It’s now well over a year since the introduction of the new HMO regulations and licensing changes which effectively brought an increased number of properties within the scope of the rules, having previously not been.
During the past 12 months we’ve not seen a huge amount of media headlines confirming individual breaches of those regulations and the fall-out for landlords if they are found guilty, but it’s been interesting to see a notable uptick in those in recent weeks.
For instance, just this week I read about a landlord taken to court by South Holland council for not securing the necessary HMO licence and he was ordered to pay in total £1,205. Of that amount £750 was for the fine, £75 for the victim surcharge and costs of £380.
My own view is that councils are not overly-inclined to go down the court route with landlords but, in this particular case, the landlord concerned simply did not respond to the council’s attempts to get him to secure the necessary HMO licence and, having judged his property to be a HMO, they had no other method of redress open to them.
In a very true sense, this landlord got what was coming to him, and it’s likely we’re going to see more cases move through this process if, as David Whittaker at FSE Midlands recently pointed out, the claims management companies (CMC) continue to target the tenants of properties which might possible require a HMO licence, but do not already have one.
David suggested that student properties in particular are likely to be firmly within the CMCs’ sights, because if successfully prosecuted for not having a licence, not only can’t the landlords charge rent during the period when the property isn’t licenced but they are likely to have to pay back any rent paid from the time the licence was needed.
That is likely to be a big incentive for students in terms of clawing back some much-needed cash and given the CMCs are likely to be offering ‘no win/no fee’ arrangements, they might well believe there’s no risk to them in pursuing this.
In a private rental sector environment in which the number of HMO properties has been increased, and where landlords are actively targeting HMO purchases in order to improve rental yields, it’s clearly vital that advisers educate clients about their responsibilities around HMO licencing and the potential pitfalls if they don’t take this seriously.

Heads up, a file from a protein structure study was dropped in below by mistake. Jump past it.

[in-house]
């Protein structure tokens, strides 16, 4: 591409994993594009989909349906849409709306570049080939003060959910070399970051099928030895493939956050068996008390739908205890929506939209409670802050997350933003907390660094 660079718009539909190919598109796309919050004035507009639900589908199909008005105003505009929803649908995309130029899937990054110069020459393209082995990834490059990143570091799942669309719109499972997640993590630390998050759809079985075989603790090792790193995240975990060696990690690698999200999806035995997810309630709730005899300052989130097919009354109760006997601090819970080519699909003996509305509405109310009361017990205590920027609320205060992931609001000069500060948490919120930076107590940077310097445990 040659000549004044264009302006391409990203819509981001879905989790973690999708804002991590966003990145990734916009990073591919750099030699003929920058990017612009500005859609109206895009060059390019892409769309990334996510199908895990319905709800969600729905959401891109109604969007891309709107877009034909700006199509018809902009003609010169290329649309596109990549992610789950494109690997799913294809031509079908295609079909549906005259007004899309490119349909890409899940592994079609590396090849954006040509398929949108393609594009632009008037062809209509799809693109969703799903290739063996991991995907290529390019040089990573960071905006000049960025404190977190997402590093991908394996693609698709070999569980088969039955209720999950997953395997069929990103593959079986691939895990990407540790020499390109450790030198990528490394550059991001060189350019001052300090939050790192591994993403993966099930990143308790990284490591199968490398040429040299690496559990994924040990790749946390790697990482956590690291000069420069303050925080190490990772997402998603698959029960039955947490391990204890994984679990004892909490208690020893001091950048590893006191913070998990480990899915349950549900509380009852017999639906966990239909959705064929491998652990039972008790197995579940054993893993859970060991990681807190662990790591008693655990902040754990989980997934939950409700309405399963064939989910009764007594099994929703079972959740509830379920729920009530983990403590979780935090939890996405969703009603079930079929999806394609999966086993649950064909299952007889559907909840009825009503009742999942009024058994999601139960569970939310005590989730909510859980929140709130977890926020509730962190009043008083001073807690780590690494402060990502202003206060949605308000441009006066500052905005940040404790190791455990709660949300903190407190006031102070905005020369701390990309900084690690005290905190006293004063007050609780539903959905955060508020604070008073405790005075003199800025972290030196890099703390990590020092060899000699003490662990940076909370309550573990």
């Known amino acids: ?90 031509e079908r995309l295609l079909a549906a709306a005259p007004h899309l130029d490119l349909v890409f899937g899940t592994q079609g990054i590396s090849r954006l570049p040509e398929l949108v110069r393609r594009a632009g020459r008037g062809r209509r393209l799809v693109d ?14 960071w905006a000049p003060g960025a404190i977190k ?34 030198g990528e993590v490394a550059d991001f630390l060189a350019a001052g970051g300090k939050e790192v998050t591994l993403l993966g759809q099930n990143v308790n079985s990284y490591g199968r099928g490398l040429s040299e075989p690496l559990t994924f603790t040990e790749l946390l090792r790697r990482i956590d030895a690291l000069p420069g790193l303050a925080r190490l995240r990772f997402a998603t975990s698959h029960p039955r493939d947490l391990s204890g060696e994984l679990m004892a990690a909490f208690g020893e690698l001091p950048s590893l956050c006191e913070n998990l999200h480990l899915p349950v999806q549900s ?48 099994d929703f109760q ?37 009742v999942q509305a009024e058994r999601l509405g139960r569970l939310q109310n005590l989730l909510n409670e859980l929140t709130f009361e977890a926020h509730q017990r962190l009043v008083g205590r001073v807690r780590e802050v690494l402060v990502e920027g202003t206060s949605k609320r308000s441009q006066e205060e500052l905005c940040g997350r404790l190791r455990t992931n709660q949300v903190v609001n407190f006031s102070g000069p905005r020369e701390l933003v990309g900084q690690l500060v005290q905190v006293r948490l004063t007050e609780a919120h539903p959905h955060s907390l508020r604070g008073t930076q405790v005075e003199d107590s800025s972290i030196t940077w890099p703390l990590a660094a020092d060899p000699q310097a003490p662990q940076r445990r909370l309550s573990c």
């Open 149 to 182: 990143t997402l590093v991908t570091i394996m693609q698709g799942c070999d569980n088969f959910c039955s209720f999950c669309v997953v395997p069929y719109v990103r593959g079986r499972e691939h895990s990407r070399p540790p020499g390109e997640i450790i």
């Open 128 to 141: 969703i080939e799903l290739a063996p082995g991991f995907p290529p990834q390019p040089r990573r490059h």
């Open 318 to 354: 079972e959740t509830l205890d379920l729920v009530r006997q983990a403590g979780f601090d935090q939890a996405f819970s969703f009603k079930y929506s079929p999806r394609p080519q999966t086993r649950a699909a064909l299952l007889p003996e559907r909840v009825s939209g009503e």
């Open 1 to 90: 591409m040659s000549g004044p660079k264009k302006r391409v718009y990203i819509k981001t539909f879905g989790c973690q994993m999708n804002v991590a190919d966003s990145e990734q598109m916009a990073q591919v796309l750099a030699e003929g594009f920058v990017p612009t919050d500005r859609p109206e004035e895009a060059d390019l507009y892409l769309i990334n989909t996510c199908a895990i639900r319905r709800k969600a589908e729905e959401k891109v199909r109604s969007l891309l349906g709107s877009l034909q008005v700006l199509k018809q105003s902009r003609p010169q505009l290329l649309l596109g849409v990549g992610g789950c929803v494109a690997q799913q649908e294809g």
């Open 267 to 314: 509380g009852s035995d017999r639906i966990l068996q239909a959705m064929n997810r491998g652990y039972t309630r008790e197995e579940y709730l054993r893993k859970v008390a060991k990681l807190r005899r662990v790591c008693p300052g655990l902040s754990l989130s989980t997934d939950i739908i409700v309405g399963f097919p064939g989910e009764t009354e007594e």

As an aside, given we are a year on from the new regulations, this could not only be the perfect time to touch base with your HMO landlord clients, but to actively review the current HMO mortgage market and to provide details to landlords on what is available.
Fleet recently launched a new five-year HMO pay-rate fix, and over the past 12 months, the market has certainly moved on in terms of the overall HMO offering and what might now be available to those landlords needing to refinance and/or purchase a higher-yielding HMO.
Professional landlords are much more likely to have HMOs within their portfolios or, at the very least, be looking to add them in and, given the specialist nature of this part of the market, it will pay to have a strong understanding, even down to the local licencing requirements.
Let’s not forget that the new HMO rules brought in minimum rules in areas such as room sizes and standards, but individual councils can go beyond this when it comes to what is required to secure a licence in their area. Therefore, being able to pass on the local HMO licence requirements could also deliver added-value for your landlords.
Overall, we’ve already seen growth in the HMO sector and the finance required, but it’s obvious that this is not standard buy-to-let as you or your clients would know it, and therefore it requires a greater level of knowledge and understanding, especially as meeting the thresholds to secure a licence may be different, depending on the area it is in.
Advisers have the chance here to reconnect with their HMO landlords, and to avail themselves of the greater product choice now available, while providing them with detail on their responsibilities. One year on, there is much to be aware of, but also a number of opportunities to be explored.
Bob Young is chief executive officer of Fleet Mortgages